If we are to believe the late, great Michael Jackson, Liberian girls have a history of coming and changing one’s world. Unsuspecting suitors and laymen, alike, fall susceptible to the enigmatic personas and ethereal allure of these “precious pearls,” forever altered. Certainly the stuff of love songs, but in so many ways, Jackson’s tale was pointed and true.
I never met the very Liberian girl I was named after. She was to make her homegoing years before I was to make my entrance, but my parents assured me she was a woman to know.
Whip smart, popular, outgoing, friendly, a presence; she was putting herself through law school and was the only woman my parents could conceive as my namesake. A feat, as I come from strong lines of matrilineal descent on both sides of my family tree.
…and they say women don’t know how to work together! Ha!
CURB APPEAL’s Shanita Sims and I were brought together by the Twitter-verse recently, and we instantly kind of knew we wanted to collaborate. She suggested a STYLE PROFILE feature and I couldn’t refuse her: she’s far too talented a photographer for that. So I welcomed her into my home this Sunday and we chatted for five-hours straight about New York, fashion, clothes, love lives, family, life: the whole gamut, while she shot me in five various looks. And just imagine: this was the first time we had even met!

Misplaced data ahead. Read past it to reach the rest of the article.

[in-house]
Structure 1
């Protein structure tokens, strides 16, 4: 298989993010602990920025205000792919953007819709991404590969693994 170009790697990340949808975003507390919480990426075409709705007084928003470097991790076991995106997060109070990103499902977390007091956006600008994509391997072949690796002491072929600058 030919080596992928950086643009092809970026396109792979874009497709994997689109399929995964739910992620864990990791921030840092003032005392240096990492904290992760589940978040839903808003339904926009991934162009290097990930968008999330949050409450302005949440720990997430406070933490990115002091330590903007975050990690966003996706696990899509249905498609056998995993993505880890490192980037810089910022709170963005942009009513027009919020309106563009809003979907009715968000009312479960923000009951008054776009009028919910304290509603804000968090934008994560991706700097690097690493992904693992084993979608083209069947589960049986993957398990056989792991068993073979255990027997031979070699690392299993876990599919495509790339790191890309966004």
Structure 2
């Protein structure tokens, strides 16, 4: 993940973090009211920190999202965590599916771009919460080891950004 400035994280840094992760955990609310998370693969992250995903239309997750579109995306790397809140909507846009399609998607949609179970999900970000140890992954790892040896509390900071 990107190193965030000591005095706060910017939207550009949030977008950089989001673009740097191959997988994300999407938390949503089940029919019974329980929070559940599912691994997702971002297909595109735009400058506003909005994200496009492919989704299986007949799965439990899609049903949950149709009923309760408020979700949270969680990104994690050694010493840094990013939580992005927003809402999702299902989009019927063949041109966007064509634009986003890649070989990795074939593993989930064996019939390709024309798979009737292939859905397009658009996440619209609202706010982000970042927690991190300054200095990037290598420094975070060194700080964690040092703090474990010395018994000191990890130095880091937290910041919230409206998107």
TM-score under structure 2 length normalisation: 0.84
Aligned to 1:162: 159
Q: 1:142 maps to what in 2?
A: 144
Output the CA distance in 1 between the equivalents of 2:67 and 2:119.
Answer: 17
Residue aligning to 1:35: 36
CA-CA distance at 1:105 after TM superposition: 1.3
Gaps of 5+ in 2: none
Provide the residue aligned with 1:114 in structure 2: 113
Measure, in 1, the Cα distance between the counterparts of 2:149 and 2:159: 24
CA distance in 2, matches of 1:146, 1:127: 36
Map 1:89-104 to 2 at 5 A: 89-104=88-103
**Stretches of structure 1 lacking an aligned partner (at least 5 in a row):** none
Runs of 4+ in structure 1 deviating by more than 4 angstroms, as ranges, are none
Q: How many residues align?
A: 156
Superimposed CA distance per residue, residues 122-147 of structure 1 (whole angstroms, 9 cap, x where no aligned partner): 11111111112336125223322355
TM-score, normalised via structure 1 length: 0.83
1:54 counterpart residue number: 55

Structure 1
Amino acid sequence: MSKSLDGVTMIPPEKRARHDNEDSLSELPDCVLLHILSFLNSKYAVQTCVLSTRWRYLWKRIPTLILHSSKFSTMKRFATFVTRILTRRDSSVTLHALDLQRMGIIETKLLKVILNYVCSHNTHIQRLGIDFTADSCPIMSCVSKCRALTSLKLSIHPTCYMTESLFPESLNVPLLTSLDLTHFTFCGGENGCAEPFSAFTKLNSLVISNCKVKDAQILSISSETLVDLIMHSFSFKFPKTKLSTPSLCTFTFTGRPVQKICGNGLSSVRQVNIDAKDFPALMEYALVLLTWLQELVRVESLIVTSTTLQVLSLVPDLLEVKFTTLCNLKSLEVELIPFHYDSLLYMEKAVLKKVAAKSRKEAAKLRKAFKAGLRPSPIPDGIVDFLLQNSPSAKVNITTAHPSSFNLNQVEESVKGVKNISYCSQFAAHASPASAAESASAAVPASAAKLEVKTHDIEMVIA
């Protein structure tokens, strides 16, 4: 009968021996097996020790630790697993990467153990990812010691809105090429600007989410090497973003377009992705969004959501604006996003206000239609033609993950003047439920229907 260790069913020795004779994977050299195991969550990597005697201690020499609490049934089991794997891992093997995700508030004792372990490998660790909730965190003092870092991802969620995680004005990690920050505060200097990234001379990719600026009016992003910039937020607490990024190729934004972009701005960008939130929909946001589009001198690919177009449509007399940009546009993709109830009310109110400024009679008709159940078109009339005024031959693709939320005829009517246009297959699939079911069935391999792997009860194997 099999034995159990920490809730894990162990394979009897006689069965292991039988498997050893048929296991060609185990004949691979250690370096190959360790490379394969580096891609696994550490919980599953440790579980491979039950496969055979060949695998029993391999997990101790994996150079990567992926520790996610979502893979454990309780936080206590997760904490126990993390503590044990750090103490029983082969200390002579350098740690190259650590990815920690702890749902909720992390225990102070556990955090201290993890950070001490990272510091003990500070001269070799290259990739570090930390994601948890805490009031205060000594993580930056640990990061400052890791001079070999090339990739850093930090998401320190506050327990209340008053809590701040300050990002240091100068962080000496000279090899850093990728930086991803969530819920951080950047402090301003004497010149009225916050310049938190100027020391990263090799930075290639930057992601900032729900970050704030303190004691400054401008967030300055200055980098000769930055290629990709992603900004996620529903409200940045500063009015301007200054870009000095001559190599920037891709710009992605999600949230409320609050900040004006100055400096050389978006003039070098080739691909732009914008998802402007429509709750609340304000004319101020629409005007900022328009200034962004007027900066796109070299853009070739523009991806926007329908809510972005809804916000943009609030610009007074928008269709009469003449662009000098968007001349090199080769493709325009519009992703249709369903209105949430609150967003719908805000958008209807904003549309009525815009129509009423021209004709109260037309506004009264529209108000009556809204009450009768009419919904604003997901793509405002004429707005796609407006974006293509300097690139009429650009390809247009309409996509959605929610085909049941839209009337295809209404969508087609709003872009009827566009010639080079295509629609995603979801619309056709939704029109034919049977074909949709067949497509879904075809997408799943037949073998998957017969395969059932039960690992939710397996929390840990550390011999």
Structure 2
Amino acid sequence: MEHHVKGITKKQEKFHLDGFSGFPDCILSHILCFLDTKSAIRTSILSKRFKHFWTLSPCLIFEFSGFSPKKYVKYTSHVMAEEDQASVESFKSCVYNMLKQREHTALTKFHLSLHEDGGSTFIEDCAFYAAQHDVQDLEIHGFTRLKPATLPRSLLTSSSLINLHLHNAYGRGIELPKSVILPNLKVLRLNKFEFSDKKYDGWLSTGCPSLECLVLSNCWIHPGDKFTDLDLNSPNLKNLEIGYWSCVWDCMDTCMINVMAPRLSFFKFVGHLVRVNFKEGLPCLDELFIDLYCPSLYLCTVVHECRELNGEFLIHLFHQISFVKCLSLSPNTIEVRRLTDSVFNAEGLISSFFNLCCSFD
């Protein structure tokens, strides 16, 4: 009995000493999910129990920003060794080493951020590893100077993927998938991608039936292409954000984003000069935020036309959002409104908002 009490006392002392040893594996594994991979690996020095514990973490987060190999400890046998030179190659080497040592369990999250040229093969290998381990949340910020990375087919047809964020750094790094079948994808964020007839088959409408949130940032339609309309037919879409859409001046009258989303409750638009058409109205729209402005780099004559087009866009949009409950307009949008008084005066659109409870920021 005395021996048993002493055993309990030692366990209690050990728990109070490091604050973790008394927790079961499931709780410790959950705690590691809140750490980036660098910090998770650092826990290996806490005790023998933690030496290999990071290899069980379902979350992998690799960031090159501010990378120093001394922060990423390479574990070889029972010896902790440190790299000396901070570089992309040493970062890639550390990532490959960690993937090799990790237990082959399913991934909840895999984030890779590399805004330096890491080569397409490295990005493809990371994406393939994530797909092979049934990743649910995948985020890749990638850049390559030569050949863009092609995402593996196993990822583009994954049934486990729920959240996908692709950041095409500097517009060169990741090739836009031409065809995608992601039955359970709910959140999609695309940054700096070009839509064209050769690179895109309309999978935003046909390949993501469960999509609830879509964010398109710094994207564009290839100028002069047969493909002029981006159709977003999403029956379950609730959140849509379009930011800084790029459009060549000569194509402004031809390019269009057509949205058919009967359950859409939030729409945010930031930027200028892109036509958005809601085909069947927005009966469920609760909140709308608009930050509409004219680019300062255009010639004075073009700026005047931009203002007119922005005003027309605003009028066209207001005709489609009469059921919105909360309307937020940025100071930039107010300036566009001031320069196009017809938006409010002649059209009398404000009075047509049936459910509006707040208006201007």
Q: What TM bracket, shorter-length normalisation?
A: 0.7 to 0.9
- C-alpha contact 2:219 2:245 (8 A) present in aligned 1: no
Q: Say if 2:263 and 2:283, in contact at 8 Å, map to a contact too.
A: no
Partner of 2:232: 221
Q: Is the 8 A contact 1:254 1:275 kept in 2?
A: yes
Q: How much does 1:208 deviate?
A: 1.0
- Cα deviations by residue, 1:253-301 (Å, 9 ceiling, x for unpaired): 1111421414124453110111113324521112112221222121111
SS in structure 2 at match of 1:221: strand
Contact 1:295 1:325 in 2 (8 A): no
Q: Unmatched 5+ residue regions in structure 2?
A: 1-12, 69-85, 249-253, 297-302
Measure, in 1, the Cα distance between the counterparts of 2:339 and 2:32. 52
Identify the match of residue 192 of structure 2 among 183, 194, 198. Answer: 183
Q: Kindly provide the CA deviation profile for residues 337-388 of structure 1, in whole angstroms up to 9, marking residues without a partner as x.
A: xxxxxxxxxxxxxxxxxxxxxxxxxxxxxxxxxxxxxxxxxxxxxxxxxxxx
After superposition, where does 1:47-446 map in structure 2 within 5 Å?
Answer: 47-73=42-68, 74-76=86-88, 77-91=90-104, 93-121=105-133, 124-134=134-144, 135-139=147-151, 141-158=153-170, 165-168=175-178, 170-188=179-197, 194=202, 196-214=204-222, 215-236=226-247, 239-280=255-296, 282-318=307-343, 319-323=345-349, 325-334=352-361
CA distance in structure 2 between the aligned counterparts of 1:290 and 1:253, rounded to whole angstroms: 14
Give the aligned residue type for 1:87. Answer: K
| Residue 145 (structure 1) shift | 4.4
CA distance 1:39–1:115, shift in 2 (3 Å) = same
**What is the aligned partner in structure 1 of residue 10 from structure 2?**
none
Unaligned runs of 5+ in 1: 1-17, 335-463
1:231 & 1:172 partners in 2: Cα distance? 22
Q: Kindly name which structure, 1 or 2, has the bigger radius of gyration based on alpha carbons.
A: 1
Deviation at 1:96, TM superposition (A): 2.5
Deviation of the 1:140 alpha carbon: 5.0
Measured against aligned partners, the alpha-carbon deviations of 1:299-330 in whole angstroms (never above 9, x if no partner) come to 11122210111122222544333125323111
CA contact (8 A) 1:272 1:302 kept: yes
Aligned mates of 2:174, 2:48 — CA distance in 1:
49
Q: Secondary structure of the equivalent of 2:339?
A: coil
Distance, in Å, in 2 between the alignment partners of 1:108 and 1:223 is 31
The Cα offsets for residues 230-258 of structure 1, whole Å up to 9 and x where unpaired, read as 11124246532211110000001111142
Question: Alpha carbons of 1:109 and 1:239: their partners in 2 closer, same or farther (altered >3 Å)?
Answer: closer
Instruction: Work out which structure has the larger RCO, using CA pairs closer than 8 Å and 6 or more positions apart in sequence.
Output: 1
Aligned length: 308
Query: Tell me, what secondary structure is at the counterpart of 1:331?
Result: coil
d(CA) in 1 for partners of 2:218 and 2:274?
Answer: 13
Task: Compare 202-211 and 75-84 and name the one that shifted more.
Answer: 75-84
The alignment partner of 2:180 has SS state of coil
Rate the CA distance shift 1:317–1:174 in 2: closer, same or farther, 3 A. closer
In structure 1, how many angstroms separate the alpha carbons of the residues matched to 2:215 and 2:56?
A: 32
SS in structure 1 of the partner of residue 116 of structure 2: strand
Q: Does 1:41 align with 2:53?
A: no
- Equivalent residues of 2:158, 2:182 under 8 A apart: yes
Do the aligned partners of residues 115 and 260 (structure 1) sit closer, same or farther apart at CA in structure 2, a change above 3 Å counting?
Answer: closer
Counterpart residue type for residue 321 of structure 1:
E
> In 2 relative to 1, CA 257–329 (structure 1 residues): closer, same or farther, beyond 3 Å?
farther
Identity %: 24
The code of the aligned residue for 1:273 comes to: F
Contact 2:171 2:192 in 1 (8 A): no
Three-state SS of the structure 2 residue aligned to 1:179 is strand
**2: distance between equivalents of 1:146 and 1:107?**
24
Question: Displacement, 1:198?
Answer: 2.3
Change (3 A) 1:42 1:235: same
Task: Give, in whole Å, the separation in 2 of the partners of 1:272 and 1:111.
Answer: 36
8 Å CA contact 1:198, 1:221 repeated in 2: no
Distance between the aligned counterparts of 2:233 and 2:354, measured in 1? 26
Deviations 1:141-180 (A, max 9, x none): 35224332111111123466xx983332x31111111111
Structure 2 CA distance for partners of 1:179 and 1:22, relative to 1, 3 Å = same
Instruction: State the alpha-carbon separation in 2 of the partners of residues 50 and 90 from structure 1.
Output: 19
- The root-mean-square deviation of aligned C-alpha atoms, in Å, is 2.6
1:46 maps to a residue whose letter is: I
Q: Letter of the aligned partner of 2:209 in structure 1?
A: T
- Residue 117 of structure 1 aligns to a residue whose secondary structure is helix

We vibed on all fronts, especially in regards to her philosophy on diversity within her work. Having shot for Refinery29 and ELLE, she wants to photograph anyone with amazing style and understands that this idea crosses racial and gender lines; in her eyes, there is no need to set any barriers on herself or her work. I couldn’t agree more.
As you can see from the finished results on CURB APPEAL now, the meeting was orchestrated by fate (and my ever-expanding shoe collection), alone–and I am so glad our paths crossed.
All my darn shoes!
All pictures courtesy of Curb Appeal’s, Shanita Sims
The light shone brightly on my female form, as Fela Kuti’s “African Woman” pulsed through the room, altering its energy dramatically. Is it a cliché to say that the African rhythms sent this raconteur sailing through her imagination? Or was it the bias cut of a threadbare micro-printed dress that had her swinging ? No matter, I was in another stratosphere by now: I was thinking of the life once before lived in this dress, cut finely along the slight of a woman’s curve. A woman must have been courted in such a dress, her beau dabbing at the sweat beads that had surfaced along his brow and across his upper lip upon beholding her image.